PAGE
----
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Youth Participation in Local Government

This page provides examples of cities and counties in Washington State that have established youth councils, youth commissions, and other programs to encourage teenagers and young adults to participate in local government.

Practice Tip: When establishing youth or student positions, think about how much (or little) time youth can contribute and the impact of the academic calendar. High schools in Washington generally start in late August or early September, ending around mid-June.

Youth Commissions and Councils

Many jurisdictions have established dedicated youth commissions or councils to increase youth participation in local affairs and provide input on issues of importance to youth. Below are just a few selected examples.

  • Airway Heights Youth Advisory Commission — Members include elementary, middle school, and high school students.
  • Asotin County Youth Commission — Makes recommendations to county officials, supports youth activities, and provides leadership training. Sponsored by Asotin County Commission, Clarkston School District, and WSU Asotin County Extension.
  • Clark County Youth Commission — Members are 11 to 19 years old and advise the county. Website includes a number of reports and policy recommendations produced by the commission and periodically features youth achievement awards.
  • Colfax Municipal Code Ch. 2.26 — Youth Advisory Commission advises city council, boards, commissions, and staff on youth issues. Six voting members and one alternate appointed by mayor and confirmed by council. Any high school student in good standing is eligible.
  • DuPont Resolution No. 12-413 — Establishes Youth Council consisting of up to 20 high school students under the governance of the park agency. Members may serve until they graduate from high school.
  • Federal Way Youth Commission —12 voting members and three alternates appointed by council; members must be sophomores or juniors. See Federal Way Municipal Code Ch. 2.60.
  • ‚ÄčMill Creek: Youth Advisory Board — Mission is to strengthen relations between young adults and the city through service and creating new opportunities for young adults to give back to the Mill Creek community.
  • Seattle Youth Commission — 15 members, with eight appointed by the mayor and seven by council, with at least one member representing each of the seven council districts. Members must be 19 years old or younger at time of appointment. See Seattle Municipal Code Ch. 3.67.
  • Snohomish County Children's Commission — 25 members, of which at least two must be under 18 years old, to advise the county on issues affecting infants, children, and youth ages 0-18.
  • Spokane and Spokane County Chase Youth Commission — Interlocal youth commission advises both the city and the county while working on its own activities. Funded by interlocal agreement, as well as charitable donations to affiliated nonprofit foundation.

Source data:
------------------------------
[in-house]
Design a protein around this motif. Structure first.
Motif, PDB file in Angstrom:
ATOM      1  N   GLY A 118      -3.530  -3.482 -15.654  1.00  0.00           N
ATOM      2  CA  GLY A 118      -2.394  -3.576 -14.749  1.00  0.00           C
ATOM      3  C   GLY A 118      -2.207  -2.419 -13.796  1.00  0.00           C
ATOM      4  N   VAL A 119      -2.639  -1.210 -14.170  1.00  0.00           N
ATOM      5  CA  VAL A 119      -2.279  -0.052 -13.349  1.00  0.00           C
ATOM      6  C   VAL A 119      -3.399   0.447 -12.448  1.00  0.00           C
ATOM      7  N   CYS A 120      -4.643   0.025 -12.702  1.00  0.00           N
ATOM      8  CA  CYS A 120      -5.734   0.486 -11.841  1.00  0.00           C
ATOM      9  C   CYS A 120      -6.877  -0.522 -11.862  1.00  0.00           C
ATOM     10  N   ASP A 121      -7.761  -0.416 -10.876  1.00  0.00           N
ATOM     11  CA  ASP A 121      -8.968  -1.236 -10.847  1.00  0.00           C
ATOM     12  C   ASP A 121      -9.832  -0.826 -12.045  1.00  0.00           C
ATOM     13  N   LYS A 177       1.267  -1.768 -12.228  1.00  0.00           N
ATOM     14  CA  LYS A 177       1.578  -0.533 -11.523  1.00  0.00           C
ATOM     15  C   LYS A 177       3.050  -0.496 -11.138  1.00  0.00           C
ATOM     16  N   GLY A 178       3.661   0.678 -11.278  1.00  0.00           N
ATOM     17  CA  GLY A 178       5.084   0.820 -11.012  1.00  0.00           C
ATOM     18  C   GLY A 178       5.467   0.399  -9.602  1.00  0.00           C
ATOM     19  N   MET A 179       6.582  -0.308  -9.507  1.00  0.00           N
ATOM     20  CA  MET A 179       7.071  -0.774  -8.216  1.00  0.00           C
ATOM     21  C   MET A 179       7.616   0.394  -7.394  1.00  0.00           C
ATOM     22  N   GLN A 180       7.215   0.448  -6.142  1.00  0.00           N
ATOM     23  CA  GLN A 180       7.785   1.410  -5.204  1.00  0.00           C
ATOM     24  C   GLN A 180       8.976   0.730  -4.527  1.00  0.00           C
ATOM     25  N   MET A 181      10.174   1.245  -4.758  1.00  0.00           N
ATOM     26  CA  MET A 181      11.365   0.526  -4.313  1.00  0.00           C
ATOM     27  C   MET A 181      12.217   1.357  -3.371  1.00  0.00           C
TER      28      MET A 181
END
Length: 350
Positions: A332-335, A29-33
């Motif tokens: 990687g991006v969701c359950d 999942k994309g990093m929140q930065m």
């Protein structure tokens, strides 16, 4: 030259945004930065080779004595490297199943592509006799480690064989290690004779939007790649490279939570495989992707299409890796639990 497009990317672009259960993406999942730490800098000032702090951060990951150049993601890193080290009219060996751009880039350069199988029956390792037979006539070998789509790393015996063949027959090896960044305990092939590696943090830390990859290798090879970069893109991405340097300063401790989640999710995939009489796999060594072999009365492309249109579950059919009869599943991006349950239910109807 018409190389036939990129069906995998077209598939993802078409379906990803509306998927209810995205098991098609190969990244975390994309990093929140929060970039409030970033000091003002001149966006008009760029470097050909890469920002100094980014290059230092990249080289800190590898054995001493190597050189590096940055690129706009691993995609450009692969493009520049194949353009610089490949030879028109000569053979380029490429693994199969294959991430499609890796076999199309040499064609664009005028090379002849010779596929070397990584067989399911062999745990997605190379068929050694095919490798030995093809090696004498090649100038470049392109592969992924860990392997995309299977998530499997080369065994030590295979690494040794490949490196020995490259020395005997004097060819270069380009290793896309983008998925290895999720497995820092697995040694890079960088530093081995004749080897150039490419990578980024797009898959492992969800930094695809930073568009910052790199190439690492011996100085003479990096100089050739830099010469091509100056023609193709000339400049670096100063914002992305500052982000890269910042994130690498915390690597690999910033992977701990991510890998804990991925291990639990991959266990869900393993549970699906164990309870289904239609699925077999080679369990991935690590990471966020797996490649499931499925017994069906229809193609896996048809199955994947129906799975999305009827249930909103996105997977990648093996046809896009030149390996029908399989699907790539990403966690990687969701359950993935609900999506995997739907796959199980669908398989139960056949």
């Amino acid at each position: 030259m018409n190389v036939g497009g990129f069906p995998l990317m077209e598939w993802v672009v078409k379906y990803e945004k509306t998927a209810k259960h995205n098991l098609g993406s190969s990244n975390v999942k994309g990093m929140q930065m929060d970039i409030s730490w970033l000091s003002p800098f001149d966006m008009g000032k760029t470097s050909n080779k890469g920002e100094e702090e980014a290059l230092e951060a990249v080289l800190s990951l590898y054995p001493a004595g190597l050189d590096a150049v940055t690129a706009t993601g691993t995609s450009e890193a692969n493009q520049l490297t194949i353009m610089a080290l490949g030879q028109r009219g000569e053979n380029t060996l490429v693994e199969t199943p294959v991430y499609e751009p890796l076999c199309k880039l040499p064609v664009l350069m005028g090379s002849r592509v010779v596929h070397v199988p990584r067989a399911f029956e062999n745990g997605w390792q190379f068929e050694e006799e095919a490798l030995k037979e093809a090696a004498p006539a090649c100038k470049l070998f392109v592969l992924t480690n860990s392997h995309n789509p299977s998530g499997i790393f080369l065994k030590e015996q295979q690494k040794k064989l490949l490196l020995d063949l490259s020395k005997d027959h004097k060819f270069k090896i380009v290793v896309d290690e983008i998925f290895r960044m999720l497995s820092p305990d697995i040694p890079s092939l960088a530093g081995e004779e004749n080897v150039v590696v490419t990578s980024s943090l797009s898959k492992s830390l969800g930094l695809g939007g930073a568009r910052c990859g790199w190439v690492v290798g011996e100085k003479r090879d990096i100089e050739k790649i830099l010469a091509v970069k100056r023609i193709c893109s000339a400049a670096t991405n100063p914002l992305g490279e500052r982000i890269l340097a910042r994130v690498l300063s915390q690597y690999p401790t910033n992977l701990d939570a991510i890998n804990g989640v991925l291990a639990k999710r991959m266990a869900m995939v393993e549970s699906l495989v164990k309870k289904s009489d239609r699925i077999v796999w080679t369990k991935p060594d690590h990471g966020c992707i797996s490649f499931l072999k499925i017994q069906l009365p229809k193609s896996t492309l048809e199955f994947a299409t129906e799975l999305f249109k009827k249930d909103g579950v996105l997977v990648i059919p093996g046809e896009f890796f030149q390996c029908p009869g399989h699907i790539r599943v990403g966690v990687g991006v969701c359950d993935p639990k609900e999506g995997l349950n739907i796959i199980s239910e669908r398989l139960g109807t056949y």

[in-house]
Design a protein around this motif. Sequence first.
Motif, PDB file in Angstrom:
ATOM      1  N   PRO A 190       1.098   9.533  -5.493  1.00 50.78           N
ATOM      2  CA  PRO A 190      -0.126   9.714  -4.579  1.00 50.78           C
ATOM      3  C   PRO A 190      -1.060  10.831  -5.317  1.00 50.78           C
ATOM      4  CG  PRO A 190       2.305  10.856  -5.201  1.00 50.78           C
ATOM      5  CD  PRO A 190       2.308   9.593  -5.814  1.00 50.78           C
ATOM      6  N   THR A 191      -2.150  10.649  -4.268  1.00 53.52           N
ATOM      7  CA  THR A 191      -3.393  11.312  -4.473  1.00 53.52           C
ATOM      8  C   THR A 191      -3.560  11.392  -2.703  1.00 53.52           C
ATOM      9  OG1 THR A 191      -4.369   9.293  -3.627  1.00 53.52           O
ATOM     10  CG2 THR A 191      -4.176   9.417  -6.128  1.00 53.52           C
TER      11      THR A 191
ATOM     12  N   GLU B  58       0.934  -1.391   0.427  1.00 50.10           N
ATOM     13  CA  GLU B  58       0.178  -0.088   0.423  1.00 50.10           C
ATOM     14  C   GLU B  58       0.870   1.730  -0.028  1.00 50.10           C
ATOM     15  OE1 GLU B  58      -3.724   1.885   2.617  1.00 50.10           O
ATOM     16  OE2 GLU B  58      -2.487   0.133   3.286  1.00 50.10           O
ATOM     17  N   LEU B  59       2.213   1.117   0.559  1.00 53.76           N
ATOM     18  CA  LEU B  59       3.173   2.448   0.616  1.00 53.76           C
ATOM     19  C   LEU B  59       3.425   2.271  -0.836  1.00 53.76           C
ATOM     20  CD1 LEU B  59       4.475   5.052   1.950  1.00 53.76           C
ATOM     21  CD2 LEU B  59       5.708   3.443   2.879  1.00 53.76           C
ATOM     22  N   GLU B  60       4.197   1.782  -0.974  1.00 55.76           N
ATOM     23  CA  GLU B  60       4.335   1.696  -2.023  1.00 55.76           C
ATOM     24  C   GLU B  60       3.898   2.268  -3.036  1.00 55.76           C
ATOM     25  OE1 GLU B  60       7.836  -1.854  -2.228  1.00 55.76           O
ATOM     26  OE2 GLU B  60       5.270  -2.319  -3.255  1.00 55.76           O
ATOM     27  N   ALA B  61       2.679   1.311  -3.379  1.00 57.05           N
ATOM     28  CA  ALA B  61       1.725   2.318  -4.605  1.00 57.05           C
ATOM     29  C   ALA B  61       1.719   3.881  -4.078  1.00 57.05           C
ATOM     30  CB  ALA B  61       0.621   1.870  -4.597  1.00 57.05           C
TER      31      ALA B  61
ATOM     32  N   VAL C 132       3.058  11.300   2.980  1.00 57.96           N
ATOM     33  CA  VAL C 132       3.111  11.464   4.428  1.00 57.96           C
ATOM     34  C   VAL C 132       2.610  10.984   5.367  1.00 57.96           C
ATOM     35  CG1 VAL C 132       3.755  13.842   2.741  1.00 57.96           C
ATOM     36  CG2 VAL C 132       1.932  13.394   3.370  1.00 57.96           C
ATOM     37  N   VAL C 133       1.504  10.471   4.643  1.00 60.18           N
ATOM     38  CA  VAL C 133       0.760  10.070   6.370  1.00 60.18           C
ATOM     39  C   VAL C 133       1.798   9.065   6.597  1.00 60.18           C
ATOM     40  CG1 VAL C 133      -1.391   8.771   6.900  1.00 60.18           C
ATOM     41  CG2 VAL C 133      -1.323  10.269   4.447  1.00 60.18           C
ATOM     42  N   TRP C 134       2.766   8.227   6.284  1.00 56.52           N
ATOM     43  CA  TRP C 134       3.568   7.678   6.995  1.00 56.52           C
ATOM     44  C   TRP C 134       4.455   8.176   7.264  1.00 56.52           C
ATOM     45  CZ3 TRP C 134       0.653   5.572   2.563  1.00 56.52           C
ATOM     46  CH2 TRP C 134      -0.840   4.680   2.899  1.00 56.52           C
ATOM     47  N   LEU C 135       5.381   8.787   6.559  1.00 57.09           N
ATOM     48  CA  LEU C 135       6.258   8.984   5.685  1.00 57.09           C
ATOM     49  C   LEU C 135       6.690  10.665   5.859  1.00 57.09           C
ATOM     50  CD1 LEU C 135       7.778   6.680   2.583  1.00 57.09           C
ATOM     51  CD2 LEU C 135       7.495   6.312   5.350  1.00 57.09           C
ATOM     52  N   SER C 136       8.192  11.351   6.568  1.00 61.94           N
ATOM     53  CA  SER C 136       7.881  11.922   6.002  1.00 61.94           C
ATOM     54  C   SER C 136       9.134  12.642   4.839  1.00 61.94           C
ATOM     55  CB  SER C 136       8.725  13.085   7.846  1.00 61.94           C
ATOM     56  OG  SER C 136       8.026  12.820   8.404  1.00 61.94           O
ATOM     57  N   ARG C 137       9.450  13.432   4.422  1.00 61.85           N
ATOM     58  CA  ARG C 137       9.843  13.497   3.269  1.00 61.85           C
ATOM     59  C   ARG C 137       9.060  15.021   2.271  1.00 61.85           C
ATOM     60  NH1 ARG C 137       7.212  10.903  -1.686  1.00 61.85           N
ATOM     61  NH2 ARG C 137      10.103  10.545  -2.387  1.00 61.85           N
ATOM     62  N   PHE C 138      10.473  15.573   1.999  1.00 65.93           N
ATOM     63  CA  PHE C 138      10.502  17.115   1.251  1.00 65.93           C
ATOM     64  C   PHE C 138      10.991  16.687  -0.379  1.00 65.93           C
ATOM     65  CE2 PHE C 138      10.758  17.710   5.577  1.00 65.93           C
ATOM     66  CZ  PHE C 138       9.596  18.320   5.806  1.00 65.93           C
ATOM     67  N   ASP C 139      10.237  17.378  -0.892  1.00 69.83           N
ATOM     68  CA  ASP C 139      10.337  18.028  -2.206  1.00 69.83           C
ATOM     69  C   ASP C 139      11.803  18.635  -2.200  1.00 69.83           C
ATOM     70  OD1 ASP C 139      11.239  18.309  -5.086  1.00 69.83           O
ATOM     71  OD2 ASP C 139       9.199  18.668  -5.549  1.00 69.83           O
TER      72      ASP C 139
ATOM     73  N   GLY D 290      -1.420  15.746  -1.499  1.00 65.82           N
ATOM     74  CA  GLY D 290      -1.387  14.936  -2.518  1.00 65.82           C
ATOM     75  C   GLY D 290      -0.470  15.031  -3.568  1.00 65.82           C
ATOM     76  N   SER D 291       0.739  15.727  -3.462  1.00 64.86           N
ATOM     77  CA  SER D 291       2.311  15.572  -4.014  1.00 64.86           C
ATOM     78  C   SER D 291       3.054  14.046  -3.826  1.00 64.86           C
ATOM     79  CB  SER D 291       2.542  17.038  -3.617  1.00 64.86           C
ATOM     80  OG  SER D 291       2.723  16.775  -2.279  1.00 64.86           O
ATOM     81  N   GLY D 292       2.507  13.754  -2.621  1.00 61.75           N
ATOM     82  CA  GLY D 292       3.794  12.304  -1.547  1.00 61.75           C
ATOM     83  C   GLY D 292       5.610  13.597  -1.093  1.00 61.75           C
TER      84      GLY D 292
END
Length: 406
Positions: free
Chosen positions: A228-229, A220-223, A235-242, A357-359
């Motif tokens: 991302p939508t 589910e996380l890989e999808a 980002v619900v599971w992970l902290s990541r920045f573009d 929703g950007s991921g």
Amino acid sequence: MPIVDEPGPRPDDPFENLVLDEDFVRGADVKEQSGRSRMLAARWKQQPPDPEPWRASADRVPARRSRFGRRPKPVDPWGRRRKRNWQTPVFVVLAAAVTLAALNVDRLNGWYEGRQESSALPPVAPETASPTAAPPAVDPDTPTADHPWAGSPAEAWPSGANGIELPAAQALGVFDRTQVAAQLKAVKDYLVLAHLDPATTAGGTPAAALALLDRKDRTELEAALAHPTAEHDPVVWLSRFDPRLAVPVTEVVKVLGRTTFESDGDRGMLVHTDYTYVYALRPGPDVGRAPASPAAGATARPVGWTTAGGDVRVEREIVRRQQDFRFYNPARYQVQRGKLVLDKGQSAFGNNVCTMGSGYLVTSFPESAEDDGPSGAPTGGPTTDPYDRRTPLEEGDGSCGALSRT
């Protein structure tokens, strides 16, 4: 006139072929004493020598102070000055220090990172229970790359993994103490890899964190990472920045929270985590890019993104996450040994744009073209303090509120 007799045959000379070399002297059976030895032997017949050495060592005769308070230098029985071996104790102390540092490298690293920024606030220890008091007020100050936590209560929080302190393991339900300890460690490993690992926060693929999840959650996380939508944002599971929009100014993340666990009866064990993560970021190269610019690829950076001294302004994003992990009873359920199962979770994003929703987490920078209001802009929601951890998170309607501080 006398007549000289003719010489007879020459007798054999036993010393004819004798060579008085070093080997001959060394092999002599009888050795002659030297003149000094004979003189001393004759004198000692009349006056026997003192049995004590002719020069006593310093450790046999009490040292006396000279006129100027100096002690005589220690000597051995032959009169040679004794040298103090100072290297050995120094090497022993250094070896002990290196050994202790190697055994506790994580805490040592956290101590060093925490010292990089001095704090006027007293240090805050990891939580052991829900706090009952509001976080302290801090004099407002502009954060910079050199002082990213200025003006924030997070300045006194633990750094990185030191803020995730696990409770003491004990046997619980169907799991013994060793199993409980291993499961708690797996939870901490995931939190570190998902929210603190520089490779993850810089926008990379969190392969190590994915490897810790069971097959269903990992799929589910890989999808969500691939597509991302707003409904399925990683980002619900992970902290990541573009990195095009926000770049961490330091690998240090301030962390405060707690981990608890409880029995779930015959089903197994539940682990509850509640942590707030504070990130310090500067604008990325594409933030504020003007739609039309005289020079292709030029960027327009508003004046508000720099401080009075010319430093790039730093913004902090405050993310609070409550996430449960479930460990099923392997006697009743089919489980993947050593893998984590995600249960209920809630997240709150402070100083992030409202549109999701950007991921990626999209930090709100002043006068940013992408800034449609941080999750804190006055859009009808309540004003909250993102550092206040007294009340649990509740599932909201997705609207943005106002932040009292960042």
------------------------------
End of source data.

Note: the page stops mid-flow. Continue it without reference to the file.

Youth Participation on Advisory Boards and Commissions

A number of cities provide seats for youth members on various advisory boards, especially boards related to parks, libraries, human services, and the arts. However, some jurisdictions also provide for youth participation in other areas such as planning or transportation commissions.

Youth members often (but not always) have full voting rights and responsibilities, although they might not count toward quorum requirements and they usually serve shorter terms (one to two years). Below are selected examples.

Internships and Youth Employment

Many jurisdictions provide some form of internships (paid or unpaid), employment opportunities, or volunteer opportunities for youth and young adults, which can be a great way to interest them in local government and begin to develop their skills, knowledge, and professional networks.

For more information and examples, see our page on Internships and Job Training Programs.

Youth Representation at City Council

A few cities (typically smaller jurisdictions) have created positions for student representatives or liaisons to city council. In the examples below, the youth liaisons are often invited to attend city council meetings and speak on youth and school issues, but they may not vote or sit in on executive sessions.

  • Quincy Municipal Code Ch. 2.20 — Student representative is invited to attend council meetings, may sit with council, and must comply with council rules of procedure. Also provides for an alternate, who also serves as the student member of the Recreation and Arts Commission.
  • Sequim Resolution No. 2006-04 (2006) — Creates two student liaison positions and states that each liaison "shall attend each evening council meeting."
  • Sultan Municipal Code Ch. 2.21 — High school liaison may be appointed by mayor and approved by council, or alternatively multiple students may serve on a rotating basis as approved by the high school principal.  

Other Youth Participation Programs

Below are other selected programs that aim to engage youth in local government and the community.

  • Bellevue Youth Link — Youth leadership program sponsored jointly by the city and the school district. Includes a governing council, a Youth Link Board that advises city council and the city manager on youth issues, and smaller action teams that work on specific tasks and projects.
  • Union Gap Resolution No. 654 (2007) — Provides for a student delegate to travel with city representatives to the National League of Cities annual meeting  

Examples of Youth Participation Documents

Below are examples of application forms, award nomination forms, and other documents related to youth participation in local government.

Youth Application Forms

Award Nomination Forms

 Policies, Procedures, and Bylaws

Recommended Resources

Last Modified: June 22, 2022